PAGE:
U.S. Visit Will Show Support for Ukraine

WASHINGTON -- U.S. Defense Secretary Robert Gates is to attend a NATO meeting of defense ministers Thursday in Estonia in a deliberate show of support for Ukraine and the Baltics that also will serve to strike back at escalating Russian threats in the region.

Gates' attendance at the meeting also will draw attention to an international imbroglio that got little notice during the presidential campaign but could prove to be a vexing problem for President-elect Barack Obama after he takes office on Jan. 20.

Since Russia's brief war with neighboring Georgia in August, tensions have spiked between Washington and Moscow. U.S. officials have enthusiastically embraced fledgling Eastern European nations as they move to join NATO and foster stronger relations with the West. Russia sees such activity as a threat.

Pentagon spokesman Geoff Morrell said Tuesday that Gates' trip was, in part, a symbolic gesture. "I'm not so sure this is a meeting the secretary would have attended had the Russians chosen not to invade Georgia," Morrell said. "But in the aftermath of that, the secretary wanted to send a very strong signal of his support for Ukraine and the Baltic states and our other NATO allies from Eastern Europe that the United States stands firmly behind them."

The meeting is designed largely to discuss Ukraine's efforts to join NATO.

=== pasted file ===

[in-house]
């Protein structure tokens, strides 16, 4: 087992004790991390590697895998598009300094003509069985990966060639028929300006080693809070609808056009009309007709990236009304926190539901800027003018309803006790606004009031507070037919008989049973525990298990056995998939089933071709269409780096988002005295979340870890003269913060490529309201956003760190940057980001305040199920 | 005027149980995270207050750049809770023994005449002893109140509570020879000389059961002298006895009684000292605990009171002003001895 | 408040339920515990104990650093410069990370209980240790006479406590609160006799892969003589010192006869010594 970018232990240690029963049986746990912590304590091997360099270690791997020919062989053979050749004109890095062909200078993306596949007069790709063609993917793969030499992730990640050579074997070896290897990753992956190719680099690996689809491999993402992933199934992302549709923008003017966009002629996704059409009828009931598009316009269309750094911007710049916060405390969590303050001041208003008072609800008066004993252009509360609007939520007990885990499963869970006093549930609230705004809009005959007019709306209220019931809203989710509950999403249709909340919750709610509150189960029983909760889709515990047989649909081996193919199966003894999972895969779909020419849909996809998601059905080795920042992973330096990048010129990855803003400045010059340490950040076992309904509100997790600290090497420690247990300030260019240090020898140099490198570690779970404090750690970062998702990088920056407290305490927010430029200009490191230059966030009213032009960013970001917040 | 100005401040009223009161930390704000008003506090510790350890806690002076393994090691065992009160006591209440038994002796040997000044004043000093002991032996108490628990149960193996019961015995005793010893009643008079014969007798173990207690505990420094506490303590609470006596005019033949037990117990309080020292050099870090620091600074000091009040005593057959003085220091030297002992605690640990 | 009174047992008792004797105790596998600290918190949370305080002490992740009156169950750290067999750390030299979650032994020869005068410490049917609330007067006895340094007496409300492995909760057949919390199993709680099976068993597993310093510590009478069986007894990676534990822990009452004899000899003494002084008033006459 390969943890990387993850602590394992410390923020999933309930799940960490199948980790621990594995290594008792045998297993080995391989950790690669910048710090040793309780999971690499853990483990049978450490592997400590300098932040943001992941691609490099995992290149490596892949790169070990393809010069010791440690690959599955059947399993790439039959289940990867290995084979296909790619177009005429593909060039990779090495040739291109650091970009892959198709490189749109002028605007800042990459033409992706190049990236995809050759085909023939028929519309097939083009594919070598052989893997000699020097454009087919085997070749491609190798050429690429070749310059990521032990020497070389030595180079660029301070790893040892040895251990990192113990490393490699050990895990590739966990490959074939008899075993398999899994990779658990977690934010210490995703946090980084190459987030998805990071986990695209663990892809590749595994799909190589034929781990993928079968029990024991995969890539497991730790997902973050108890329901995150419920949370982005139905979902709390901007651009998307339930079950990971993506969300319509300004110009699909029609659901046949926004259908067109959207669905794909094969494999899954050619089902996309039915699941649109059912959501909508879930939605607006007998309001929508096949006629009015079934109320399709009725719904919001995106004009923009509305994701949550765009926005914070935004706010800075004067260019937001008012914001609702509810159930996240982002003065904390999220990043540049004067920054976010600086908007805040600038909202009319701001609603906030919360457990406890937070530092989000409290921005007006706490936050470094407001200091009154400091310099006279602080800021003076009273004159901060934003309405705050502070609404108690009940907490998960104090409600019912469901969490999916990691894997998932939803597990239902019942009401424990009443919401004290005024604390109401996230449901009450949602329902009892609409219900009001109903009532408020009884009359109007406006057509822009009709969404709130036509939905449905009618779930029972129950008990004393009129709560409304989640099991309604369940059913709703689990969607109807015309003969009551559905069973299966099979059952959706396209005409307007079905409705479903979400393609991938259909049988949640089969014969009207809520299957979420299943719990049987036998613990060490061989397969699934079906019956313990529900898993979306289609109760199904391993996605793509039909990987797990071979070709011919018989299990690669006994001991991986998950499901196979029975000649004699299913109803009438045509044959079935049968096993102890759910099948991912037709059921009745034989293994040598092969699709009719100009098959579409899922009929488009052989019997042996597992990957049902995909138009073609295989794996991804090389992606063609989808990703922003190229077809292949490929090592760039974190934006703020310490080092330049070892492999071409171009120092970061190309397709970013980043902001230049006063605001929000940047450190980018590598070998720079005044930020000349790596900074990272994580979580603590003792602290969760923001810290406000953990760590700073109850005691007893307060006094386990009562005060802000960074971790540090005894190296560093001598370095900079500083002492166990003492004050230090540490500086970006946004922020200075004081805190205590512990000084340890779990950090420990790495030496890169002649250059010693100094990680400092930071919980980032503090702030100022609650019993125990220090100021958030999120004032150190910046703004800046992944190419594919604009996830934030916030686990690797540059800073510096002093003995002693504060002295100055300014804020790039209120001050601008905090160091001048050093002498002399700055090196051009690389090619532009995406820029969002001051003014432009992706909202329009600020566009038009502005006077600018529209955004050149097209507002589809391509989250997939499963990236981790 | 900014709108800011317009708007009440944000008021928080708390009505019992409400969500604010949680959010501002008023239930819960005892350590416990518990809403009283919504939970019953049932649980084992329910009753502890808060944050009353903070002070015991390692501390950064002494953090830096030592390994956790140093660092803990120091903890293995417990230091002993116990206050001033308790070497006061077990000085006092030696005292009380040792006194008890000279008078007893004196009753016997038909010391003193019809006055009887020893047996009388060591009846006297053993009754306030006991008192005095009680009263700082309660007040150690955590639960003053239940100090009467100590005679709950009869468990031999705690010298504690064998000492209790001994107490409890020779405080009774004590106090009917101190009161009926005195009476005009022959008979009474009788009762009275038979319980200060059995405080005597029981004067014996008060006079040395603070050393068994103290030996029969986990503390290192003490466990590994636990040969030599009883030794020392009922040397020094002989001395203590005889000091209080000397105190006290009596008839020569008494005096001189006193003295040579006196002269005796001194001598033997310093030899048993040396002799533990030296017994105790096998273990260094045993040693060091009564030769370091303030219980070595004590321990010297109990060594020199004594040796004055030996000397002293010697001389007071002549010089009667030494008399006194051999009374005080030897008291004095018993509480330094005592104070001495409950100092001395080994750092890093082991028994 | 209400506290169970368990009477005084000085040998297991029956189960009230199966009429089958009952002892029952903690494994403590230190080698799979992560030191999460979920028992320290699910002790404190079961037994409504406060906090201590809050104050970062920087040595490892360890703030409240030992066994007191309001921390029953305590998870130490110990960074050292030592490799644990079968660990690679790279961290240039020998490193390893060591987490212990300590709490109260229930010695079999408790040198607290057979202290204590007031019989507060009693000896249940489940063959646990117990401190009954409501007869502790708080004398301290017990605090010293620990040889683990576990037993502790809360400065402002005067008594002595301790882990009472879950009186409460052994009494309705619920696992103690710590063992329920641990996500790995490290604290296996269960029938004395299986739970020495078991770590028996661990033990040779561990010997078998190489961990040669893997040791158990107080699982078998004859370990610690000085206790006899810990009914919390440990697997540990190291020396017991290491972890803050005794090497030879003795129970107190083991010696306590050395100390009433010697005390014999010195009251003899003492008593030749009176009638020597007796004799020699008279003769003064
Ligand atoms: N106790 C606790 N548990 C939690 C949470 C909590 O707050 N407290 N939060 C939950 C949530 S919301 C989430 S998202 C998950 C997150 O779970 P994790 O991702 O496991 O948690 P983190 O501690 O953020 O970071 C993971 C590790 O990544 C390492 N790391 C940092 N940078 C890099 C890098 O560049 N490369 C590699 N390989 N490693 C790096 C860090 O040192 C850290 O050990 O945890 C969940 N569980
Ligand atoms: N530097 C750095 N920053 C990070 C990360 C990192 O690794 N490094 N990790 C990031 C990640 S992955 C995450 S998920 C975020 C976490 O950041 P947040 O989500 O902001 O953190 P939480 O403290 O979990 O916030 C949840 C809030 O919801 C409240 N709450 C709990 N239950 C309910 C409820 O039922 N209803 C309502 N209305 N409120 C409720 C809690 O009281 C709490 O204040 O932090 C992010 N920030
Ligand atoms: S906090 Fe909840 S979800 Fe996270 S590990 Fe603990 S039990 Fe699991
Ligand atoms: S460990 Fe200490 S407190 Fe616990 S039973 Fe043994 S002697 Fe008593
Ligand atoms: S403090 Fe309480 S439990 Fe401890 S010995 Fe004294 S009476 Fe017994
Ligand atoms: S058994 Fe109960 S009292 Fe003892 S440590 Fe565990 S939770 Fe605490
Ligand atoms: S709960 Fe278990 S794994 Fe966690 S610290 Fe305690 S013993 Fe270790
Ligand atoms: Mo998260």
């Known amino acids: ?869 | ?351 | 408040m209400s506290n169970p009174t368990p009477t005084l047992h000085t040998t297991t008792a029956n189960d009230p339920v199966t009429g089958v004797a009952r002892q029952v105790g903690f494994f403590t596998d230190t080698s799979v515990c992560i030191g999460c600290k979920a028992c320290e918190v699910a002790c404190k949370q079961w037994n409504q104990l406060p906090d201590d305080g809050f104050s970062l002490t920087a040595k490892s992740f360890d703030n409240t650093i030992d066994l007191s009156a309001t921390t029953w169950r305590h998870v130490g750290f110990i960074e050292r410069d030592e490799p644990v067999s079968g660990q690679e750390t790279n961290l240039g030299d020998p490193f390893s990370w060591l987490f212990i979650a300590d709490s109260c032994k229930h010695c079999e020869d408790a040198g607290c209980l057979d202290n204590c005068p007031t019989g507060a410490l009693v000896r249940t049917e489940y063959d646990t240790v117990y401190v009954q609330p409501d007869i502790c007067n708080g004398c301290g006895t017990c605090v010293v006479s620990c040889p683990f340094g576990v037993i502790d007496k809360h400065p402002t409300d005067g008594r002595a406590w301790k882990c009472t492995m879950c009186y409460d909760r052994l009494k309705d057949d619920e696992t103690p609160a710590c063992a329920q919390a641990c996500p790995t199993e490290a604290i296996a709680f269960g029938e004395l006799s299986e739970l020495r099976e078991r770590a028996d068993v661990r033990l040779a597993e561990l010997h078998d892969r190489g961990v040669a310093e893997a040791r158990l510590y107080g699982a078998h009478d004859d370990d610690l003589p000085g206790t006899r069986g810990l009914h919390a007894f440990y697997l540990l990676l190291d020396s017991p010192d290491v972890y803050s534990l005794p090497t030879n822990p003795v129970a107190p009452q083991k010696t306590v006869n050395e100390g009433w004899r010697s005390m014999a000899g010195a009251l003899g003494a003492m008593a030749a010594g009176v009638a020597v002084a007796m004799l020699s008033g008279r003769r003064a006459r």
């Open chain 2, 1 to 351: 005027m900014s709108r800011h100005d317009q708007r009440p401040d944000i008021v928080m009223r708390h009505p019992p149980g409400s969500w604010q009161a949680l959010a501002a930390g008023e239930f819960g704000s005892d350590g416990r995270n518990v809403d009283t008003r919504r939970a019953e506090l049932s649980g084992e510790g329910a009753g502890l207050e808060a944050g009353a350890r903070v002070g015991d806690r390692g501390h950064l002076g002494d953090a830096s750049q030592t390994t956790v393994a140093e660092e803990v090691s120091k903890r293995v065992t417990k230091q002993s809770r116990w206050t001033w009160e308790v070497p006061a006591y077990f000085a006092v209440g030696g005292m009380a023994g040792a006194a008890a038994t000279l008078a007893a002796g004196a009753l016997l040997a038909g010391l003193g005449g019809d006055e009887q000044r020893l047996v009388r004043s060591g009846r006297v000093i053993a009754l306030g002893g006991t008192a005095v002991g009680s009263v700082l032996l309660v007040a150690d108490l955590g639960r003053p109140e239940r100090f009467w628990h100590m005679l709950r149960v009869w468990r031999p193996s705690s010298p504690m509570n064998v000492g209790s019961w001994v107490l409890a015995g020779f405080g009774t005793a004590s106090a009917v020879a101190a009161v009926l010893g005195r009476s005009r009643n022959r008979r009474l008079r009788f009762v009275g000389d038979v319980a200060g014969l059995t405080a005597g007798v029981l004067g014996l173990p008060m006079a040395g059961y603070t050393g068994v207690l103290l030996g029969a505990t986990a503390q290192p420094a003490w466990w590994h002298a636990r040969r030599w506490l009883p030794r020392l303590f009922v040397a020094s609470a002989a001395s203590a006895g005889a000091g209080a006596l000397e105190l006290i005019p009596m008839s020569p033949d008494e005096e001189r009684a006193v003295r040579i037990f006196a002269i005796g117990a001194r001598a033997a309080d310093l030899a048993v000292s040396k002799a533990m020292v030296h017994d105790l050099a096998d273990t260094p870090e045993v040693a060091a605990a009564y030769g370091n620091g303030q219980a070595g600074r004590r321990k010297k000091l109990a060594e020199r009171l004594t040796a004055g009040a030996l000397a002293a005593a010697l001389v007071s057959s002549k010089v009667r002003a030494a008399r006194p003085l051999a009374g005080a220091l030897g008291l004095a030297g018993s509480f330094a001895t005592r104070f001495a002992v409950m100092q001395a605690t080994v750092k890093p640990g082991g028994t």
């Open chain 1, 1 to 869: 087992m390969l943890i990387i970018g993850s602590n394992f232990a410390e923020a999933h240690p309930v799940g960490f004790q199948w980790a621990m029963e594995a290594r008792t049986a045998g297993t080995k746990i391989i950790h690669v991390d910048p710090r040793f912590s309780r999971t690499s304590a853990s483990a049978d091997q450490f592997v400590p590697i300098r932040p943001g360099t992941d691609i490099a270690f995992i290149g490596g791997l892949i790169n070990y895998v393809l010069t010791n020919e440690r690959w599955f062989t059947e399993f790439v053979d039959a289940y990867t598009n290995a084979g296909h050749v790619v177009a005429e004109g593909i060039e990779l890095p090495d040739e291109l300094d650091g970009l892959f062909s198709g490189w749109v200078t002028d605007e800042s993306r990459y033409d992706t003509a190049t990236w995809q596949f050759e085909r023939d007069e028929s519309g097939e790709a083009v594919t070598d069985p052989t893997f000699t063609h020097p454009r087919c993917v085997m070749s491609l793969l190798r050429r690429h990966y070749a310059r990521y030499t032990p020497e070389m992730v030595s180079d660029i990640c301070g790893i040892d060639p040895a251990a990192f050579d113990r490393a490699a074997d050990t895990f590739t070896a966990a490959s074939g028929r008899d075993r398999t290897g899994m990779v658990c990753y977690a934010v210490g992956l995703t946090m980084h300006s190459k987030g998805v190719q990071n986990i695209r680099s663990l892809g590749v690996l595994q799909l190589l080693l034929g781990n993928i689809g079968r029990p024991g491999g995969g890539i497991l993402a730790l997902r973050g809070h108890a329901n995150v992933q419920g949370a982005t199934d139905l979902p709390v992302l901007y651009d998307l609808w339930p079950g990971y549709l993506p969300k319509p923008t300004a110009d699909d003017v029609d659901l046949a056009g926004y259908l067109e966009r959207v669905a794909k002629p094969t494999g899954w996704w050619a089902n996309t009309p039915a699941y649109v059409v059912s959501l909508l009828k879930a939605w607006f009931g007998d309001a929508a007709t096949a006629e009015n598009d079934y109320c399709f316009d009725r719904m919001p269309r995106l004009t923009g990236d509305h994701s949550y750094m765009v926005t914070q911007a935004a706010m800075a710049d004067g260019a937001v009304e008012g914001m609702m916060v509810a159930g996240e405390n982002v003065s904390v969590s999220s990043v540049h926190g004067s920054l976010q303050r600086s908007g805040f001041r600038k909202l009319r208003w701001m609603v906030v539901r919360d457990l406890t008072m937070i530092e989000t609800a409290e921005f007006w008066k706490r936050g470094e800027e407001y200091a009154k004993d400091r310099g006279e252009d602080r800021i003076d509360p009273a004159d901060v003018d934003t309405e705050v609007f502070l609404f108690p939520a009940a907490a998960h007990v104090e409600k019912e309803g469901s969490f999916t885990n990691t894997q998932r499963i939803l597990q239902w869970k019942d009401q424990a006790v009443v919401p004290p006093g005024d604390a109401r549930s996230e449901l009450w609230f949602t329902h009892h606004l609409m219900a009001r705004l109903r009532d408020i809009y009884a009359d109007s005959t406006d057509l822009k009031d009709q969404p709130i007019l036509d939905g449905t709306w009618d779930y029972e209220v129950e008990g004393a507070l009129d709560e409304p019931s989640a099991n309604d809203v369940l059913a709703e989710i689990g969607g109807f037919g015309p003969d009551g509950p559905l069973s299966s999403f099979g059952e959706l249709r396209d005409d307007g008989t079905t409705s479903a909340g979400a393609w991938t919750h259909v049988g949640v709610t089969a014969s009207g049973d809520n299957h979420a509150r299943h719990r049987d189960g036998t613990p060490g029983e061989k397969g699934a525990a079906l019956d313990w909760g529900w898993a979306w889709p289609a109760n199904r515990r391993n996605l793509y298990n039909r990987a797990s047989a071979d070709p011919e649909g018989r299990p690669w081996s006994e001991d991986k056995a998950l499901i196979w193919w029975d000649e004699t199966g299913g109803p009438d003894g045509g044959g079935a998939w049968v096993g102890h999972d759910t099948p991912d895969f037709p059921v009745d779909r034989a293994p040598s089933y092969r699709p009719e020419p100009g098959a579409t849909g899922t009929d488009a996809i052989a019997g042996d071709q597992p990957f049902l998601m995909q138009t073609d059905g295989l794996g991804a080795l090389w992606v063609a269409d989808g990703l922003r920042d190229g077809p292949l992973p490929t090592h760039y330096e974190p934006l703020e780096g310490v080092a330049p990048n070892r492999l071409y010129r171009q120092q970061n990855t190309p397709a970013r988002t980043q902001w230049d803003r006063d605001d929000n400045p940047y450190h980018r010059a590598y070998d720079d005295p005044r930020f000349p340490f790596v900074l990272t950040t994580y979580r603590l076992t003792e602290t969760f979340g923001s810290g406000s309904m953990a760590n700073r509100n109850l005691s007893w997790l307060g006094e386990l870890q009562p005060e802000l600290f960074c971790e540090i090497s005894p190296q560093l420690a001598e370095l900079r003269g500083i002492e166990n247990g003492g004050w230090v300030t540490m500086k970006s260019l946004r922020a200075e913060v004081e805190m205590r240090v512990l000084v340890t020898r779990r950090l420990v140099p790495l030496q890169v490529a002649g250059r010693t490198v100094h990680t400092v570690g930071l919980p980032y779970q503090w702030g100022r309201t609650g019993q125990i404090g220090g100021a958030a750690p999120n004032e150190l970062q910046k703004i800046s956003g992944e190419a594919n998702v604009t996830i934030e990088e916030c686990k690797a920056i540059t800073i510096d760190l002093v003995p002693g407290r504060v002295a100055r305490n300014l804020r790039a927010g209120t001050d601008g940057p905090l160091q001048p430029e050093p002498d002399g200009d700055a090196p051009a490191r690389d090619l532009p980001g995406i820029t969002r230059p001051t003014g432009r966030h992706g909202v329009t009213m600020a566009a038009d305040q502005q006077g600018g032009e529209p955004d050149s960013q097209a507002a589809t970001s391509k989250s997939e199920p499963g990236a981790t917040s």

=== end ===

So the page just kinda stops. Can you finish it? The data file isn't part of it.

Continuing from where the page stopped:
But Morrell and other senior Pentagon officials said the allies also were likely to discuss the friction with Russia.

Moscow took little time in sending its welcome message to Obama. Shortly after his election last week, President Dmitry Medvedev warned that Moscow would deploy short-range missiles near Poland to counter U.S. military plans for a missile-defense system in Eastern Europe.

Medvedev blamed Washington for the war in Georgia and the world financial crisis, and he repeated claims that the missile-defense facilities planned for Poland and the Czech Republic were meant to weaken Russia. U.S. leaders have repeatedly disputed that charge, insisting that the system is designed to protect the region from any Iranian threat.

This suggests that even as the next administration wrestles with a growing insurgency in Afghanistan and a difficult transition in Iraq, it also will have to find ways to quell hostilities with Russia without jeopardizing efforts to foster its young Eastern European allies and defend against a possible threat from Iran.

Obama already has signaled his recognition that the issue will be critical as he takes office; one member of his Pentagon transition team is an expert in Russia policy. Elizabeth Sherwood-Randall previously was a deputy assistant secretary of defense for Russia, Ukraine and Eurasia during the Clinton administration. She currently is a senior research scholar at the Center for International Security and Cooperation.

In August, shortly after the Russia-Georgia fighting, Gates warned that Moscow must face retribution for its actions.

"My personal view is that there need to be some consequences for the actions that Russia has taken against a sovereign state," Gates said then.